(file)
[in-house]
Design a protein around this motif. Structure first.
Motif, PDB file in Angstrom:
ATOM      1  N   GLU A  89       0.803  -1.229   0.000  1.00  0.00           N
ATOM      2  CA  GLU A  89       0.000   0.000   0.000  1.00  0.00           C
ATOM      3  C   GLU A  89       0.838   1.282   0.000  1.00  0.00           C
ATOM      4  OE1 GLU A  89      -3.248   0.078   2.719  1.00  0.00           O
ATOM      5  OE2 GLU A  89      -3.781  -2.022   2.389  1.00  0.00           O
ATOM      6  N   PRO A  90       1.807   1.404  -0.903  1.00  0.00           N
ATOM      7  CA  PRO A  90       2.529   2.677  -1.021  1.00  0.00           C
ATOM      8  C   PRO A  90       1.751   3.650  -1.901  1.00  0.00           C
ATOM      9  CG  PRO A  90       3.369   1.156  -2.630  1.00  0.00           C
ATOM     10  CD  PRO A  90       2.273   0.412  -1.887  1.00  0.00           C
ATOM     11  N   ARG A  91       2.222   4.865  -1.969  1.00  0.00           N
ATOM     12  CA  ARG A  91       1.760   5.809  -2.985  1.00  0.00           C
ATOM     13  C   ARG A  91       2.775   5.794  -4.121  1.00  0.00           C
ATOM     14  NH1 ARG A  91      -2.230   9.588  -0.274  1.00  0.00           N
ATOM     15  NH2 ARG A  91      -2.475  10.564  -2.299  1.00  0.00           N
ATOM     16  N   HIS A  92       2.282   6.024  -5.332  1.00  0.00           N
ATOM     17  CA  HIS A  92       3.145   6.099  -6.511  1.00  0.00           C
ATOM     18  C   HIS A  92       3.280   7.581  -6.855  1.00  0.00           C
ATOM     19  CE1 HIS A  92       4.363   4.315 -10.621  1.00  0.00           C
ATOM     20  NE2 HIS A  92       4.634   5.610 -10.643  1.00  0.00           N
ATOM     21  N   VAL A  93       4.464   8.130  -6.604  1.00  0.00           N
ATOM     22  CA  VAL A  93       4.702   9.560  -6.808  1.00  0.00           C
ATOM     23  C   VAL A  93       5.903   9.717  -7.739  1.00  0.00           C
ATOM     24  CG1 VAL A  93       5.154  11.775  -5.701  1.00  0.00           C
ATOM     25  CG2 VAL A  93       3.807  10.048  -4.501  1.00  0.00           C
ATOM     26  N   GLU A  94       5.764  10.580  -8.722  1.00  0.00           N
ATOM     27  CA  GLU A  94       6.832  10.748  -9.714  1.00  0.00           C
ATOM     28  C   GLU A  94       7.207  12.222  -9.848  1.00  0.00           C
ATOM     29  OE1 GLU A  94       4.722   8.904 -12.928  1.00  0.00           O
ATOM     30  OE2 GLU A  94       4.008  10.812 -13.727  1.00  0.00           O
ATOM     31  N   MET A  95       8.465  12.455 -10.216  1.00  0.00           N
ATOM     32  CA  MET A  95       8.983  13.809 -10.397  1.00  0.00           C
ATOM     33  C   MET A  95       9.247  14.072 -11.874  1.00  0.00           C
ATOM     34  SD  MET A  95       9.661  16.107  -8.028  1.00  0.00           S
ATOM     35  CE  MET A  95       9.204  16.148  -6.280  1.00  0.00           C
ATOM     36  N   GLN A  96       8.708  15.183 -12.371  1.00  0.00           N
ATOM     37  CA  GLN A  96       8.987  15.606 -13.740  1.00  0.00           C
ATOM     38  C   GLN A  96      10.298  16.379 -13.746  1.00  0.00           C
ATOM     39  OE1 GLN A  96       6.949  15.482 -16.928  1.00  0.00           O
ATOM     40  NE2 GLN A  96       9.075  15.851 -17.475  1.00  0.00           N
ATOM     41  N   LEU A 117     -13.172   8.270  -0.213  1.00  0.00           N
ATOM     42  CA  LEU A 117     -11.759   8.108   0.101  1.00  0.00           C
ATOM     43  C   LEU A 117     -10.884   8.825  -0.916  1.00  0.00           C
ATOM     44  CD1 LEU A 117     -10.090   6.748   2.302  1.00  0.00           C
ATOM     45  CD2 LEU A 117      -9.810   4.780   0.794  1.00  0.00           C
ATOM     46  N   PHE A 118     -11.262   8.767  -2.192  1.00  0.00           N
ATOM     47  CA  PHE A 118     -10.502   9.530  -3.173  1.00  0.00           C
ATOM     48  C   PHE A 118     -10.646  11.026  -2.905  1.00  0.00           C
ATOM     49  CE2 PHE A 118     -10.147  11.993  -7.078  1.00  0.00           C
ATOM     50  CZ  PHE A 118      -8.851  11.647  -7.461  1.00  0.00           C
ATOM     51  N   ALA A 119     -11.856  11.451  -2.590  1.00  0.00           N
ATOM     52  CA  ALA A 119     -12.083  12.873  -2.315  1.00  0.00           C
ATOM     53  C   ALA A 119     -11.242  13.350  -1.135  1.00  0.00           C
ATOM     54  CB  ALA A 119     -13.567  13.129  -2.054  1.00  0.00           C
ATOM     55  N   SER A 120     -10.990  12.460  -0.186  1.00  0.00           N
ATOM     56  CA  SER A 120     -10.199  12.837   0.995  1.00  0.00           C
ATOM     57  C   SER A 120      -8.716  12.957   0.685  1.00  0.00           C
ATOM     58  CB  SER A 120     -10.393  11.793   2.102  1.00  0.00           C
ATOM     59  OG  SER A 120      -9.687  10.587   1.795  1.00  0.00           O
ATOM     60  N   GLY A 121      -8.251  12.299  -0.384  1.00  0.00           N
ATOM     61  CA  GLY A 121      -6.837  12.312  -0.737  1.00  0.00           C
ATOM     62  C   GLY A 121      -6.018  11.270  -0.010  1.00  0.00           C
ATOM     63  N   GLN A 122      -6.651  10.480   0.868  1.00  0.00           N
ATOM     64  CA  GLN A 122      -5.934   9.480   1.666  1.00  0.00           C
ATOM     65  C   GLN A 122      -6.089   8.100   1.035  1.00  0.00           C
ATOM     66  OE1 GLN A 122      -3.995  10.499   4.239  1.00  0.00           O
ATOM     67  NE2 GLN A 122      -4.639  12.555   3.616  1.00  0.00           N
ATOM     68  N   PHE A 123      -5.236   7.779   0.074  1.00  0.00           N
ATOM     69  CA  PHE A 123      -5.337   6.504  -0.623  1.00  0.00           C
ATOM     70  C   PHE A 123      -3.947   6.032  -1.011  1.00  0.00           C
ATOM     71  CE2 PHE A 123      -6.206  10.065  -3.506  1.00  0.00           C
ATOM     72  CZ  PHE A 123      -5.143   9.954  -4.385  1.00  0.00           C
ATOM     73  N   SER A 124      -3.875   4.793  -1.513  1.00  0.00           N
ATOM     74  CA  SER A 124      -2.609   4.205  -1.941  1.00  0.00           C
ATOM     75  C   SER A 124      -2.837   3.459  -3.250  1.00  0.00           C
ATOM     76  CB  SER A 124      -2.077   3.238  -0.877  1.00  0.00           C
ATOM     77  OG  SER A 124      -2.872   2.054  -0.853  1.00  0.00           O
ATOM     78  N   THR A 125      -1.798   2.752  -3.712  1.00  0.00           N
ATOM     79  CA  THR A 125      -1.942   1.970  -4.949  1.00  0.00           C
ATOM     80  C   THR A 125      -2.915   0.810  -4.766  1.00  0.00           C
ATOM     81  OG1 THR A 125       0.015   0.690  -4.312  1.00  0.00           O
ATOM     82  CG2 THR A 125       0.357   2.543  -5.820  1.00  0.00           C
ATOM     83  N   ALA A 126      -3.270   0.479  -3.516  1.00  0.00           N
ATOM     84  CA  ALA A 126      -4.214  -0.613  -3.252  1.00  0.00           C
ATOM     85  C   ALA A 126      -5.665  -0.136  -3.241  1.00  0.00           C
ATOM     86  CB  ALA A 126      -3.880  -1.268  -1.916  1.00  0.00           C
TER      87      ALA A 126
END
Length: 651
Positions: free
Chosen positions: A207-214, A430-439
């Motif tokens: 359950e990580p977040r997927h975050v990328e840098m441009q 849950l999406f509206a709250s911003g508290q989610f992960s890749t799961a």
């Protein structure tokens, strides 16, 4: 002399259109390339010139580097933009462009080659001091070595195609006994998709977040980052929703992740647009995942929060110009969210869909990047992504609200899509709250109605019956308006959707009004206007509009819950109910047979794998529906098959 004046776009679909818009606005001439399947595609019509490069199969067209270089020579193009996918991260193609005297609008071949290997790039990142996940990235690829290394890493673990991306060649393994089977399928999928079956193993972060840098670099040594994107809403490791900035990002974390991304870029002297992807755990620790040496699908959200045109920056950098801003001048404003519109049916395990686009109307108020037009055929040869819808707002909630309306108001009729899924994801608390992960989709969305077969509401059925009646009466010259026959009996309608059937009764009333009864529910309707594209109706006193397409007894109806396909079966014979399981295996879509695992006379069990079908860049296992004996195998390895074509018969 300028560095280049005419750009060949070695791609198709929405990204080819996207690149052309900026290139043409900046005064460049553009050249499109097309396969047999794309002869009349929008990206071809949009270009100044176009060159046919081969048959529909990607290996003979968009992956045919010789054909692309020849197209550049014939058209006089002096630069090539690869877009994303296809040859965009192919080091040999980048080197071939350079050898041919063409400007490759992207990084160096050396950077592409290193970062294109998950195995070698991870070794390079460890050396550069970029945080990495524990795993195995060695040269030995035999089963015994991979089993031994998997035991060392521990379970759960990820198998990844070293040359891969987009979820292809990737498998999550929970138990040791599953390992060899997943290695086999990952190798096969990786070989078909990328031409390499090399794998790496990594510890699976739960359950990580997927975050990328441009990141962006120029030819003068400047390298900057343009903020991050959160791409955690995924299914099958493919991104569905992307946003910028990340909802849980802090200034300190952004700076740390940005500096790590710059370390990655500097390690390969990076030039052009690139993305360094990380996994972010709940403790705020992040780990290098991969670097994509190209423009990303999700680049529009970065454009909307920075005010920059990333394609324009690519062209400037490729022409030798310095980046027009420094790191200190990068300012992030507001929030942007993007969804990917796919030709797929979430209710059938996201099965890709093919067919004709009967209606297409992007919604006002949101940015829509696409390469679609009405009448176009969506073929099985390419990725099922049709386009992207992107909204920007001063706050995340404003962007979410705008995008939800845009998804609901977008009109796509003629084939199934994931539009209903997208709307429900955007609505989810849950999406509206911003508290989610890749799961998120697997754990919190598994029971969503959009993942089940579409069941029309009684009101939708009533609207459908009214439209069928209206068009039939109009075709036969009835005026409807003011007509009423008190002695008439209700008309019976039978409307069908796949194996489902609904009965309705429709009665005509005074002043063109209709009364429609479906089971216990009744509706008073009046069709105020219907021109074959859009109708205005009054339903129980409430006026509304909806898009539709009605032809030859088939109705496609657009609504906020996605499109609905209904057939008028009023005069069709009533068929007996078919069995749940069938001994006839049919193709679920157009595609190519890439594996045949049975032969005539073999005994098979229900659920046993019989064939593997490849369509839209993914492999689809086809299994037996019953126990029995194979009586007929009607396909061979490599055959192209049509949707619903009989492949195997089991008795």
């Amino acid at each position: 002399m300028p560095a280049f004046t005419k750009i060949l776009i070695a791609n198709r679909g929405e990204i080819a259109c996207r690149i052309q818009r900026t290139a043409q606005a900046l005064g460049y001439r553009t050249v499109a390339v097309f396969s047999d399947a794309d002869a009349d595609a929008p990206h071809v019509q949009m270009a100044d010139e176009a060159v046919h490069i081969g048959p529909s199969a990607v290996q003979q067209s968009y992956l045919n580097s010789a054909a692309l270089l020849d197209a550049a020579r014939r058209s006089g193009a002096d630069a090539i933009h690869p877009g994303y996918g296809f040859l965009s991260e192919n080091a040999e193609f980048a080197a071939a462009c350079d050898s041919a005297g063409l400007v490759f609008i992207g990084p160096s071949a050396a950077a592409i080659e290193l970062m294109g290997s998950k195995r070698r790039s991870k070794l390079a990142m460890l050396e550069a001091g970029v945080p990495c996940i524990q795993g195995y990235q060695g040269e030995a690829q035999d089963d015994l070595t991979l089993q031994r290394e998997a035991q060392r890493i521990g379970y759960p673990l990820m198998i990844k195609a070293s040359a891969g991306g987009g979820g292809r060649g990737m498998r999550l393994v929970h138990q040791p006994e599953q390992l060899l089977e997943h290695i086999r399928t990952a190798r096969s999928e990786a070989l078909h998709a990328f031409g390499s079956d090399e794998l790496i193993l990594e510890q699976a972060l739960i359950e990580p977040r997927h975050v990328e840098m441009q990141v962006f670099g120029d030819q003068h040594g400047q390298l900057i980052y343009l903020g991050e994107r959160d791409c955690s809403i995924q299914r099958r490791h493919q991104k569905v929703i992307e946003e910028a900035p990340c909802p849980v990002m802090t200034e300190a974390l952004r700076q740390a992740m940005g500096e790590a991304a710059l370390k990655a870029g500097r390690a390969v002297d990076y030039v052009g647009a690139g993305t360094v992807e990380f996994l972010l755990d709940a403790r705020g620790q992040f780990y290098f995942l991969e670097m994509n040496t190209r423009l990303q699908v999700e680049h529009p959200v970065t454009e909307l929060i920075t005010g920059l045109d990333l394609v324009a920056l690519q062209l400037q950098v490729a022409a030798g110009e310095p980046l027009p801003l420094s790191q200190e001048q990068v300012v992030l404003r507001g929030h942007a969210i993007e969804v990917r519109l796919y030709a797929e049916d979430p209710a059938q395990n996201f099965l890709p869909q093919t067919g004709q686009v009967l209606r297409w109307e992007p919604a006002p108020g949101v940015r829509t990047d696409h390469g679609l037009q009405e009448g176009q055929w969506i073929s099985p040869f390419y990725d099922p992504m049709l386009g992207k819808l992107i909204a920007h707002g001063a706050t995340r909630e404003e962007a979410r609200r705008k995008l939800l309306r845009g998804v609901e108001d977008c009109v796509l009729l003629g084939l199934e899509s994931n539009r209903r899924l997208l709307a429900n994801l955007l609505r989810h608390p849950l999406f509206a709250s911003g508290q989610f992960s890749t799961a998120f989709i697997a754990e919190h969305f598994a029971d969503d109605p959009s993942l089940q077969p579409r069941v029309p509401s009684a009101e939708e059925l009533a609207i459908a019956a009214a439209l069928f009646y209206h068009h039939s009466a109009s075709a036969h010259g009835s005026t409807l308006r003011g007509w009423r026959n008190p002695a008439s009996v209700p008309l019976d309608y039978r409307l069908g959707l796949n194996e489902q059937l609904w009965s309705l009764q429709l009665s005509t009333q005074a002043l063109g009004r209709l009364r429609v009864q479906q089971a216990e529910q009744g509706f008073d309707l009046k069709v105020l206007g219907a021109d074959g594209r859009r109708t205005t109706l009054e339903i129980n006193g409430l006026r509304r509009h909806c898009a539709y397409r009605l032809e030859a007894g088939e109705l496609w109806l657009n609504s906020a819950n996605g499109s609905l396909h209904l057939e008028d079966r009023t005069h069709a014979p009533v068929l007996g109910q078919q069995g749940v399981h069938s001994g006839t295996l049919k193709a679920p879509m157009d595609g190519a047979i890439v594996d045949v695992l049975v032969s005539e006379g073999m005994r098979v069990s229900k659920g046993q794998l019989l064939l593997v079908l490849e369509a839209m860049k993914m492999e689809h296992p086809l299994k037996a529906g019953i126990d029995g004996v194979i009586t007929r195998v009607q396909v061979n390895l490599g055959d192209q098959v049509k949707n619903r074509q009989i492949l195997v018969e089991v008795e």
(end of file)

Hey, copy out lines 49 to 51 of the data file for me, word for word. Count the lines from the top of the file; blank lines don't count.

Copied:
ATOM     46  N   PHE A 118     -11.262   8.767  -2.192  1.00  0.00           N
ATOM     47  CA  PHE A 118     -10.502   9.530  -3.173  1.00  0.00           C
ATOM     48  C   PHE A 118     -10.646  11.026  -2.905  1.00  0.00           C